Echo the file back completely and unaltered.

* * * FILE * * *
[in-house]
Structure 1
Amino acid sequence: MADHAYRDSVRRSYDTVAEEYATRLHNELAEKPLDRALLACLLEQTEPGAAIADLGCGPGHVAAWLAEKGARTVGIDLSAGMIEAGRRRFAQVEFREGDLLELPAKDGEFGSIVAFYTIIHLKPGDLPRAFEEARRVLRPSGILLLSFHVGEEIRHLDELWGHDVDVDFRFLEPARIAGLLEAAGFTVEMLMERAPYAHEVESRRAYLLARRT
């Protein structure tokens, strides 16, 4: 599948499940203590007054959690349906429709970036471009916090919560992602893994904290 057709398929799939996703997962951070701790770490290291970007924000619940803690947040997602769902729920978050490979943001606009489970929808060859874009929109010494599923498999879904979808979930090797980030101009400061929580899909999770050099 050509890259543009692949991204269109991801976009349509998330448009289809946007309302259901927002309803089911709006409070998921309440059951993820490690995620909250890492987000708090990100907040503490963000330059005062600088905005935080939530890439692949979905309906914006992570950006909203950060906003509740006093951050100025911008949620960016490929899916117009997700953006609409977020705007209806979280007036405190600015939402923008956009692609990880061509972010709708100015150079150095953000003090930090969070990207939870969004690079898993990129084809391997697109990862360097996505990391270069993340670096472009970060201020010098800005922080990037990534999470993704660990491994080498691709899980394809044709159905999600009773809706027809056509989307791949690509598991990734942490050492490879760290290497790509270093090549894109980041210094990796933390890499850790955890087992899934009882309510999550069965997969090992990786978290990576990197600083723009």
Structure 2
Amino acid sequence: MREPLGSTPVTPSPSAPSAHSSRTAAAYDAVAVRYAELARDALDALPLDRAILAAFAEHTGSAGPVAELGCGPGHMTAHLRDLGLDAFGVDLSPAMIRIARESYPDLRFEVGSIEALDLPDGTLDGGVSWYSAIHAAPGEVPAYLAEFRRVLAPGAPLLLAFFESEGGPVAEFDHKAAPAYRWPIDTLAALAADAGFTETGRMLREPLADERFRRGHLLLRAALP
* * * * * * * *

[in-house]
Structure 1
Amino acid sequence: MADHAYRDSVRRSYDTVAEEYATRLHNELAEKPLDRALLACLLEQTEPGAAIADLGCGPGHVAAWLAEKGARTVGIDLSAGMIEAGRRRFAQVEFREGDLLELPAKDGEFGSIVAFYTIIHLKPGDLPRAFEEARRVLRPSGILLLSFHVGEEIRHLDELWGHDVDVDFRFLEPARIAGLLEAAGFTVEMLMERAPYAHEVESRRAYLLARRT
């Protein structure tokens, strides 16, 4: 599948499940203590007054959690349906429709970036471009916090919560992602893994904290 057709398929799939996703997962951070701790770490290291970007924000619940803690947040997602769902729920978050490979943001606009489970929808060859874009929109010494599923498999879904979808979930090797980030101009400061929580899909999770050099 050509890259543009692949991204269109991801976009349509998330448009289809946007309302259901927002309803089911709006409070998921309440059951993820490690995620909250890492987000708090990100907040503490963000330059005062600088905005935080939530890439692949979905309906914006992570950006909203950060906003509740006093951050100025911008949620960016490929899916117009997700953006609409977020705007209806979280007036405190600015939402923008956009692609990880061509972010709708100015150079150095953000003090930090969070990207939870969004690079898993990129084809391997697109990862360097996505990391270069993340670096472009970060201020010098800005922080990037990534999470993704660990491994080498691709899980394809044709159905999600009773809706027809056509989307791949690509598991990734942490050492490879760290290497790509270093090549894109980041210094990796933390890499850790955890087992899934009882309510999550069965997969090992990786978290990576990197600083723009």
Structure 2
Amino acid sequence: MREPLGSTPVTPSPSAPSAHSSRTAAAYDAVAVRYAELARDALDALPLDRAILAAFAEHTGSAGPVAELGCGPGHMTAHLRDLGLDAFGVDLSPAMIRIARESYPDLRFEVGSIEALDLPDGTLDGGVSWYSAIHAAPGEVPAYLAEFRRVLAPGAPLLLAFFESEGGPVAEFDHKAAPAYRWPIDTLAALAADAGFTETGRMLREPLADERFRRGHLLLRAALP